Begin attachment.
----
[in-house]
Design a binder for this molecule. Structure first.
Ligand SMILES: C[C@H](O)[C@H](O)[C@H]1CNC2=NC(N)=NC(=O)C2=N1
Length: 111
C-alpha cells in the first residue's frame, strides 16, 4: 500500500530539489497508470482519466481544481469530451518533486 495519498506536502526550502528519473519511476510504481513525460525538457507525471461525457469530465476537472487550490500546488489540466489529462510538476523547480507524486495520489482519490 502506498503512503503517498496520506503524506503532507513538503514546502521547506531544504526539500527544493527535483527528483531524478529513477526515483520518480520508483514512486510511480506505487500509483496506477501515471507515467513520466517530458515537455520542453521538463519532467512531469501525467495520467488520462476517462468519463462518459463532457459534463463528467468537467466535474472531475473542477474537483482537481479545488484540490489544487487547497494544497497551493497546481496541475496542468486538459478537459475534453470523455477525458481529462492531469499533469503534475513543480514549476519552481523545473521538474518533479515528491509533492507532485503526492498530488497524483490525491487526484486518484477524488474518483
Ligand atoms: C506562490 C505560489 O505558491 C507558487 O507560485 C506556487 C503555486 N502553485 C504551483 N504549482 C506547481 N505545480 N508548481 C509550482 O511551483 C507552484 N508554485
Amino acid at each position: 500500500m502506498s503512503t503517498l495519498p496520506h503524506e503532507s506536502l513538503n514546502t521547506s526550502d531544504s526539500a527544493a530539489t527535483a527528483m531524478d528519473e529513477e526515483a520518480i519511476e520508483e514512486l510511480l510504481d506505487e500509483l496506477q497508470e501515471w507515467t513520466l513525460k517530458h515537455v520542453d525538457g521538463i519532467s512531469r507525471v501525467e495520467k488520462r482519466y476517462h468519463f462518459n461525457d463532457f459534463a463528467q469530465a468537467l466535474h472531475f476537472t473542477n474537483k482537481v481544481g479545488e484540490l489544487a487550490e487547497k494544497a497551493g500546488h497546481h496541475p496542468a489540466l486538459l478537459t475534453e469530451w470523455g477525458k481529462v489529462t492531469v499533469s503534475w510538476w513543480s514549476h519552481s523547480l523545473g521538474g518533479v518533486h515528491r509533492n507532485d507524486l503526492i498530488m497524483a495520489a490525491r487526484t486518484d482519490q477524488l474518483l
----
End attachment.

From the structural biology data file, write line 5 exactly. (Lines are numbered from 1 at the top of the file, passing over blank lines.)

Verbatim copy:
C-alpha cells in the first residue's frame, strides 16, 4: 500500500530539489497508470482519466481544481469530451518533486 495519498506536502526550502528519473519511476510504481513525460525538457507525471461525457469530465476537472487550490500546488489540466489529462510538476523547480507524486495520489482519490 502506498503512503503517498496520506503524506503532507513538503514546502521547506531544504526539500527544493527535483527528483531524478529513477526515483520518480520508483514512486510511480506505487500509483496506477501515471507515467513520466517530458515537455520542453521538463519532467512531469501525467495520467488520462476517462468519463462518459463532457459534463463528467468537467466535474472531475473542477474537483482537481479545488484540490489544487487547497494544497497551493497546481496541475496542468486538459478537459475534453470523455477525458481529462492531469499533469503534475513543480514549476519552481523545473521538474518533479515528491509533492507532485503526492498530488497524483490525491487526484486518484477524488474518483